Keep focus on patient charts
Stay frosty. Sounds like a slogan plucked from a beer commercial, but it’s actually military slang for staying alert and vigilant. That’s how Bruce Brothis says HME providers should act to ensure that patient charts are complete and accurate. “Don’t submit a claim unless you are as close to 100% sure as you can be that you will survive an audit,” says Brothis, who will give his advice for proper charting at Medtrade. Here’s a preview of his presentation.
HME News: What’s an example of something HME providers most often overlook on a patient chart?
Bruce Brothis: They usually have the pieces right, but it’s what’s on the pieces that might be incomplete or incorrect. An example is delivery tickets. Nine out of 10 times, the ticket is signed by the patient. But often they don’t put the date, so the delivery tech just dates it himself. The date must be in the same handwriting and color of ink.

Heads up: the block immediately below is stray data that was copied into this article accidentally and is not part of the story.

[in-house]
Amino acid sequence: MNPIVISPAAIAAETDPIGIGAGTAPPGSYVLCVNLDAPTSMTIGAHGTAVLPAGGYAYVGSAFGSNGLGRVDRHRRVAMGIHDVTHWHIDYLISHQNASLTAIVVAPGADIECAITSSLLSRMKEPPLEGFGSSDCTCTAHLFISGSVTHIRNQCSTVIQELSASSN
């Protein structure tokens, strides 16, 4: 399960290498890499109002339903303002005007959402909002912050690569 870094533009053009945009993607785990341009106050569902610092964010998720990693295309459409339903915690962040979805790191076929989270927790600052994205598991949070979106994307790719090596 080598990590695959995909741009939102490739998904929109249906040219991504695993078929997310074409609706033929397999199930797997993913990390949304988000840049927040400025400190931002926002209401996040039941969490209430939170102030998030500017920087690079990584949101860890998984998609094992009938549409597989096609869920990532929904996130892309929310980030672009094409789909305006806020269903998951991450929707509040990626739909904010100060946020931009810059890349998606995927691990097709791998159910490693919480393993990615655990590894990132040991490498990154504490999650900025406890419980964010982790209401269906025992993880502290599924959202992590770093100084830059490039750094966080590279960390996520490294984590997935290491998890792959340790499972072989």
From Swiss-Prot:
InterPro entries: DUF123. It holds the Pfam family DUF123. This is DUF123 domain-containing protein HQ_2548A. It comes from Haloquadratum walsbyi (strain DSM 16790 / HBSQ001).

HME: What about errors on patient charts that originate from the physician?
Brothis: It’s up to the provider to educate the physician about what they need. For example, for diabetic strips a physician might write “test PRN” or “test as directed.” That’s unacceptable. You have to specify the number of times per day.
HME: What’s your advice for doing internal audits correctly?
Brothis: Most accreditors are forcing chart audits. It should be ongoing, depending on the size of your company. I suggest reviewing 10% of your patient base every month.
HME: Are there upsides to increased scrutiny by auditors?
Brothis: The good news is that it’s getting people more compliant, but it’s a hard lesson to learn. You’re armed with enough information from Medicare to get it right.